Anthony is struggling with something that’s normal. Everybody struggles with that transition. It’s the thing that we get comfortable doing something twenty years. You’re going to be comfortable in construction because that’s what you’ve done for years. It’s been a career for you. You’re figuring out this other career on the side, but if you want to be focused on it, if that’s where you want to go, your why has got to be stronger than what your comfort level is and I know many of us struggle with that. I struggled with it and so I guarantee everybody struggles with it. Your “why” is going to be stronger than your comfort level. The only way you grow individually is that you get outside of your comfort level.

Steph and I were having a conversation weeks ago. She asked me, “What scares you? Death?” I’m like, “No, death does not scare me. The one thing that I don’t like are snakes.” I’m not scared of anything. I’ve built that fearless attitude because I’ve realized I’ve been knocked down, I’ve been at the bottom. I crawled my way up from not having anything. Once you’ve gone through that, you’re not scared of anything. I know if the market crash tomorrow, I would be okay. I would find a way to make something work. I would find a way to make money to pay my bills. The fact is if you go to doing the nuggets that we talked about with Anthony, getting networking with people outside of your circle, to marketing online with your email, those are putting tools in place that will help you no matter what you do.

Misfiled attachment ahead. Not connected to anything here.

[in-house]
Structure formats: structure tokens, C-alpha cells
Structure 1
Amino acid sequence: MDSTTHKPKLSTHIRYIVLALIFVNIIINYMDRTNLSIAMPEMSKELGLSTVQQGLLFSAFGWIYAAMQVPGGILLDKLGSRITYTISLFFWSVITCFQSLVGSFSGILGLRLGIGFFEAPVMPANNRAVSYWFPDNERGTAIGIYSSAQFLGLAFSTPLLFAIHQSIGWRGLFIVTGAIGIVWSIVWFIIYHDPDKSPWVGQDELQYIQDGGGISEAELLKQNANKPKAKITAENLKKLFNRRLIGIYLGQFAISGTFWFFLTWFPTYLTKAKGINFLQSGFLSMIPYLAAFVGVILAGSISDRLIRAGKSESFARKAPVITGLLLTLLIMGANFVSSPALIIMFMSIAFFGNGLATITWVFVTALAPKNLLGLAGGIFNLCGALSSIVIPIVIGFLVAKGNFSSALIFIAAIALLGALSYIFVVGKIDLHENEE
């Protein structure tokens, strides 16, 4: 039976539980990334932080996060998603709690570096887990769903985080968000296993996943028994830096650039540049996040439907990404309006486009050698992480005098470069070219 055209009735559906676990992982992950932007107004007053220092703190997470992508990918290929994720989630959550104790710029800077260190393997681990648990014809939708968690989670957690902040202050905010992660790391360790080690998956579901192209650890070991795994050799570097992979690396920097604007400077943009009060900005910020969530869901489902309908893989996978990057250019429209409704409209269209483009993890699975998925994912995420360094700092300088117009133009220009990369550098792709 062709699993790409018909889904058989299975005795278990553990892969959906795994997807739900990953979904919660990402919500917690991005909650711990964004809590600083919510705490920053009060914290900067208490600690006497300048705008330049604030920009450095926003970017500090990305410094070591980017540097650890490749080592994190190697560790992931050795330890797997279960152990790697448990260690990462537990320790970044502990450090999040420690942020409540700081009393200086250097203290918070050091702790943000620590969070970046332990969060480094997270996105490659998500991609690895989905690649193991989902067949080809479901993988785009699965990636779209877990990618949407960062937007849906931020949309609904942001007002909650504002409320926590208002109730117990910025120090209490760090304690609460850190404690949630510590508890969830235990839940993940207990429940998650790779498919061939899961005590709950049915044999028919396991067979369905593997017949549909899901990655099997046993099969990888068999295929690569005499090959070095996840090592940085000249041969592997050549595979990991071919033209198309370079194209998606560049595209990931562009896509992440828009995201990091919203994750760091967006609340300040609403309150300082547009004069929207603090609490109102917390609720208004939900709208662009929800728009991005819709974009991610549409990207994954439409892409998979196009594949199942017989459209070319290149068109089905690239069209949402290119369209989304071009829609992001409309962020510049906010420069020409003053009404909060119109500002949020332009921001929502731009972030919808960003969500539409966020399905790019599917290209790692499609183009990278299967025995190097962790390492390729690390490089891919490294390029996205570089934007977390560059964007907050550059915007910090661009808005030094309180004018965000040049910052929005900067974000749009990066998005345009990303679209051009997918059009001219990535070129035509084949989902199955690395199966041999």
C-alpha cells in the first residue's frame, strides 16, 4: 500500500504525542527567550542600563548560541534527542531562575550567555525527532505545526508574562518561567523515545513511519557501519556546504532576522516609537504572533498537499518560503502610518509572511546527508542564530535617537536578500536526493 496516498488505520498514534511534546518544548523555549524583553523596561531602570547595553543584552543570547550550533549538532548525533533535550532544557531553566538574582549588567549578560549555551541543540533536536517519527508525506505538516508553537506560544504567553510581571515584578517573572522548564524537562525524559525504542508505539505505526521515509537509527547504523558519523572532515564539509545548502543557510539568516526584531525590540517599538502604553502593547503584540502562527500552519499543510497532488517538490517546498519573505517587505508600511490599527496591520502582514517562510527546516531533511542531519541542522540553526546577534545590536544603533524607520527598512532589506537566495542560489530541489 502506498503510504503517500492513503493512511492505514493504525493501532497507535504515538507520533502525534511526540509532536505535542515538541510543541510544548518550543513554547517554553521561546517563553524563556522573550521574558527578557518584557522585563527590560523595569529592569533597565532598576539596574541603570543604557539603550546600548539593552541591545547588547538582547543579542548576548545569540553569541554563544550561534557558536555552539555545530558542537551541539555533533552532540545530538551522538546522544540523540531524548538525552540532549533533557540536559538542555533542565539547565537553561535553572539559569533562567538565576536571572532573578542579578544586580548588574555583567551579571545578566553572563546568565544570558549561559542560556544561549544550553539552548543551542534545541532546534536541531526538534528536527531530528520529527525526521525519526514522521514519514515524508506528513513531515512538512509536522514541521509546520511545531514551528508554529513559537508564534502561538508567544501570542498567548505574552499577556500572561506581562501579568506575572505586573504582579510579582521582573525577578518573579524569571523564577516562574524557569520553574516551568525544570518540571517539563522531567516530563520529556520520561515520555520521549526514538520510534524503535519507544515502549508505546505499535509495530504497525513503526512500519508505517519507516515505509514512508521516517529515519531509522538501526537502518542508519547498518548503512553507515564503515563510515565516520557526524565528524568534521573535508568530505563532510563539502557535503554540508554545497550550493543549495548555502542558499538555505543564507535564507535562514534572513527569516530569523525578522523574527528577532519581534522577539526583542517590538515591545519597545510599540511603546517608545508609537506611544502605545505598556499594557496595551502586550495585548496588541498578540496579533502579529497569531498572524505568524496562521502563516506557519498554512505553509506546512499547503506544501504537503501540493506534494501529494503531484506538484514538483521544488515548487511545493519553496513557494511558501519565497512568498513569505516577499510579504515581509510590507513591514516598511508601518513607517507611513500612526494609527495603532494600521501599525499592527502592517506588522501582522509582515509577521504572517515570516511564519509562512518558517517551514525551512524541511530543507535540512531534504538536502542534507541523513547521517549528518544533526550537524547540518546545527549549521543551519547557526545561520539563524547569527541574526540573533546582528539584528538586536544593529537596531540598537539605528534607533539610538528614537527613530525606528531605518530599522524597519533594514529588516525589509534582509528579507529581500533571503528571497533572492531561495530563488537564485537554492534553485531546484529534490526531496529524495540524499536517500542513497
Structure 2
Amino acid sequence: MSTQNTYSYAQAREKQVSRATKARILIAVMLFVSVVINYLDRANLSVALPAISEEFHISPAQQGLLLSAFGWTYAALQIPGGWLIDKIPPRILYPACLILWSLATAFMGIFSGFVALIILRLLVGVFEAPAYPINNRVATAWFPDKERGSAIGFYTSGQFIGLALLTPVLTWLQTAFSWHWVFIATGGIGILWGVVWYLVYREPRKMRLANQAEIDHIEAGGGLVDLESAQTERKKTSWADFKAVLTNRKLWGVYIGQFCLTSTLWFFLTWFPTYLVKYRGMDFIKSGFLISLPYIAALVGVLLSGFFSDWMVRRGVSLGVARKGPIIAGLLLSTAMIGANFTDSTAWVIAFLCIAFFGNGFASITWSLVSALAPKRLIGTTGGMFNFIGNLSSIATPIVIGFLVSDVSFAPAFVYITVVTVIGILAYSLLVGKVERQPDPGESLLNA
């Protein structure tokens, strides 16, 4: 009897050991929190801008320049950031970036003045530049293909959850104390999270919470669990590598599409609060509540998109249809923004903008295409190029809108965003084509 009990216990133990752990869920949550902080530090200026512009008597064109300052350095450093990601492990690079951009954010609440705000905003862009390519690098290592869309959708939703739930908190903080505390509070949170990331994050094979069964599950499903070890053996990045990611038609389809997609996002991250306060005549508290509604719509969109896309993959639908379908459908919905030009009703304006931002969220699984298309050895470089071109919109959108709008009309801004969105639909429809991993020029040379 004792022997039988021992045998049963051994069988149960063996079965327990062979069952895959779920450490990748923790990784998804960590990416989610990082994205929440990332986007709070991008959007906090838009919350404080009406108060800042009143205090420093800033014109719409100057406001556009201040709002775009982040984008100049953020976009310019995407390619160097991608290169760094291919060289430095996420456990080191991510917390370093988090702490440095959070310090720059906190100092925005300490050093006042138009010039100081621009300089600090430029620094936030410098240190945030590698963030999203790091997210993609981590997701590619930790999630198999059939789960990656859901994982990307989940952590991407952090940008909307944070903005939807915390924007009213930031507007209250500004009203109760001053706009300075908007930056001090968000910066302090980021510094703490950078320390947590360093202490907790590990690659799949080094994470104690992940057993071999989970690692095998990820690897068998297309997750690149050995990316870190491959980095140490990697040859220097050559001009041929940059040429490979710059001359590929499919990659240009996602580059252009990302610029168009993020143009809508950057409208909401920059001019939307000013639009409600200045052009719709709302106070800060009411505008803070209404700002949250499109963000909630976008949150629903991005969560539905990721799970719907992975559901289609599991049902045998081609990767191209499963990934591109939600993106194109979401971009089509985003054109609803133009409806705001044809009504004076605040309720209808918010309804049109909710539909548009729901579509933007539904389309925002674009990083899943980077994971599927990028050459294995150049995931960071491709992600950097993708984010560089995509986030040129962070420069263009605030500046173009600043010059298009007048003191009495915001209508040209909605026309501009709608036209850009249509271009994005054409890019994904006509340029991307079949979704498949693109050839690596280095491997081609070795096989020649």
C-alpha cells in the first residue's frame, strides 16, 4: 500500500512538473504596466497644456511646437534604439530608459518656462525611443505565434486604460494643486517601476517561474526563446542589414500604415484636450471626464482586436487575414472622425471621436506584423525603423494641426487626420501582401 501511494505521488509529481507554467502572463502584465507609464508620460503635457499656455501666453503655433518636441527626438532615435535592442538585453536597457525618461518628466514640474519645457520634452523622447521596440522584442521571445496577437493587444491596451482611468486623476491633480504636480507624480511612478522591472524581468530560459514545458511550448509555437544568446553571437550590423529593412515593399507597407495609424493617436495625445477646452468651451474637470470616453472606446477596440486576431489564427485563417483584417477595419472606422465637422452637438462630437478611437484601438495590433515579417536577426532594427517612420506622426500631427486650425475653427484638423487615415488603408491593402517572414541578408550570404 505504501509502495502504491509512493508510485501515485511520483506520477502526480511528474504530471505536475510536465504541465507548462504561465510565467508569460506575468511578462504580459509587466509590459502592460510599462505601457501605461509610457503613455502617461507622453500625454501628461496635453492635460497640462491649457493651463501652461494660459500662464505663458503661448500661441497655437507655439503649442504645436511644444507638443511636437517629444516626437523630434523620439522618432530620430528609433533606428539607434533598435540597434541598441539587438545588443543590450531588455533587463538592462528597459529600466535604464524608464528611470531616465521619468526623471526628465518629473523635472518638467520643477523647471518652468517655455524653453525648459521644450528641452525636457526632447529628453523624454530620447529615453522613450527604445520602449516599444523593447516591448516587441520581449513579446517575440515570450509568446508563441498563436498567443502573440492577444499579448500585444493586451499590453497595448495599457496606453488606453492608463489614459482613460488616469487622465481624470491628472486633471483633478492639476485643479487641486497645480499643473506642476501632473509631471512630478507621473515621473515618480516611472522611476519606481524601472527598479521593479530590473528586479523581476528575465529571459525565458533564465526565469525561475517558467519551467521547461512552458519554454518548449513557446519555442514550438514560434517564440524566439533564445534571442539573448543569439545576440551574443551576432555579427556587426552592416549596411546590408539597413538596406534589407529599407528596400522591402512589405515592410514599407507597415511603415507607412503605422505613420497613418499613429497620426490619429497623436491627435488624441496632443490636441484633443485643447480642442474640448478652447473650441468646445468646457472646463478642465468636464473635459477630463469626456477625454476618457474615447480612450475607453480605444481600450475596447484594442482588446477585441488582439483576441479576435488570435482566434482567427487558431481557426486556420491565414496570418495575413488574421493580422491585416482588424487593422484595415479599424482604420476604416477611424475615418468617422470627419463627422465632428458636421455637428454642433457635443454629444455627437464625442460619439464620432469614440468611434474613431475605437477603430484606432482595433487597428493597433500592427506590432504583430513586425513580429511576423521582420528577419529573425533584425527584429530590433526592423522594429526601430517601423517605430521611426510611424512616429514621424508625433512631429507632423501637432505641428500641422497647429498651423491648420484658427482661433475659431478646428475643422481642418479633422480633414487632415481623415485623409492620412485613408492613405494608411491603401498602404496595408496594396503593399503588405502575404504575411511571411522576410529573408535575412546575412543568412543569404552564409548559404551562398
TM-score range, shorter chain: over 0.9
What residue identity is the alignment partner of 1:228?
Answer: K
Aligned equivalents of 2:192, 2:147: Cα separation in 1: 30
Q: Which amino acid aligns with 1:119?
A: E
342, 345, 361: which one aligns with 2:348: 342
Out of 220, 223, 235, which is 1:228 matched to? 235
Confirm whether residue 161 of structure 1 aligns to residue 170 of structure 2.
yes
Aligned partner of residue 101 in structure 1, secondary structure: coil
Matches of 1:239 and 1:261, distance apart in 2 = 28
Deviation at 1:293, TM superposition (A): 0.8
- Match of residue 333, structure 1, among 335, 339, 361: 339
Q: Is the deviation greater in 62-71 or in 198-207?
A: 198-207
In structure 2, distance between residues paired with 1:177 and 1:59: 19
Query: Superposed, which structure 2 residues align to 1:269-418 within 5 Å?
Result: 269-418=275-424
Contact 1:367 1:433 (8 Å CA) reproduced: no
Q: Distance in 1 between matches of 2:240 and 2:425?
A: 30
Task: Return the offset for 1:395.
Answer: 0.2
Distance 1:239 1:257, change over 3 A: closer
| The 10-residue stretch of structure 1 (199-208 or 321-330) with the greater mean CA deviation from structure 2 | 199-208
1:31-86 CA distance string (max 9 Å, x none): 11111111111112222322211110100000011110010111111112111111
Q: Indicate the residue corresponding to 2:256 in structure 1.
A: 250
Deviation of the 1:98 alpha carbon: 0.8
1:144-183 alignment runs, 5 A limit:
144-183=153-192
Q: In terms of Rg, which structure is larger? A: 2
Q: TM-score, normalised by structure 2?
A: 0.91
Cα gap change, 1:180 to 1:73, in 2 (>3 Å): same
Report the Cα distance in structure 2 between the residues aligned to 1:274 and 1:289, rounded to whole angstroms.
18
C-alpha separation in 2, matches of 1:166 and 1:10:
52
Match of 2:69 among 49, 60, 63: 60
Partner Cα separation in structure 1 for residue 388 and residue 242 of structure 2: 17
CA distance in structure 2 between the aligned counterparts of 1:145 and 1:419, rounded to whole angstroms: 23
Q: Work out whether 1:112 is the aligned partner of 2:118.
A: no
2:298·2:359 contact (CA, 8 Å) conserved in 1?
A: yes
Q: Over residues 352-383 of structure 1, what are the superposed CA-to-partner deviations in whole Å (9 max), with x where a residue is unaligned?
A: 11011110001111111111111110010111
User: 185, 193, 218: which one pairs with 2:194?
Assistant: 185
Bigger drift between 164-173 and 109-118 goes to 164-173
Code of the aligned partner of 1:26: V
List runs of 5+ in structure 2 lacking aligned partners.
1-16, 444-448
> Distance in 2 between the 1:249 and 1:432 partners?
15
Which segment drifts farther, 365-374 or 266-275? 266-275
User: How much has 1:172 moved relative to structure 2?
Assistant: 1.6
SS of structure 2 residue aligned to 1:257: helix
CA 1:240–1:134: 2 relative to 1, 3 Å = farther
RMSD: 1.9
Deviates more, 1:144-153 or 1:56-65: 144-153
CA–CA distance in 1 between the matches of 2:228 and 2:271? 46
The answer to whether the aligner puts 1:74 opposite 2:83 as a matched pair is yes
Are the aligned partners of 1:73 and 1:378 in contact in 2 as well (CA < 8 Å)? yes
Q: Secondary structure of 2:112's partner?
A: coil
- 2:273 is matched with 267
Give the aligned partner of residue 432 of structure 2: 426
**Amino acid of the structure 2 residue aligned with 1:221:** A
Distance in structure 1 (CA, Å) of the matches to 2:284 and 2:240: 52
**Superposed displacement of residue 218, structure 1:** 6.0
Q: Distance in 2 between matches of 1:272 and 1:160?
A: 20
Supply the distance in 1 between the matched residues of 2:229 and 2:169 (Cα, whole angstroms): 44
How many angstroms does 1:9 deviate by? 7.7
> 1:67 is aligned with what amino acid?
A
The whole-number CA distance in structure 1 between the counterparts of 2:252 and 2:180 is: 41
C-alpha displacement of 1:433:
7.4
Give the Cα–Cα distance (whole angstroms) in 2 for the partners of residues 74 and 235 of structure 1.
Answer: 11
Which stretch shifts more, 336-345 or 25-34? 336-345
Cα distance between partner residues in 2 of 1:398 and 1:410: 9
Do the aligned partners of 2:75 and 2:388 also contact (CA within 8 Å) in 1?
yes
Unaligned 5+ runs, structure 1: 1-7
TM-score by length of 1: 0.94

I know it’s a little different tool than being on the construction side. You’re going to find with construction, shovels, rakes, hardhats, those are all tools you use on a regular basis. You have to start developing some of those other tools on the side, the social media, the networks, the Meetup groups, your sample deal, your executive summary, your credibility package is what I was looking for. Julianne asks, “What benefits to your membership are there? Is it better to wait until you get more going?” We have a new thing we’re doing. It’s a monthly membership site with our students. We have people that come to our workshops that want help but they don’t necessarily want to jump into our Fast Track and Mastermind. We understand that Fast Track and Mastermind training are an investment.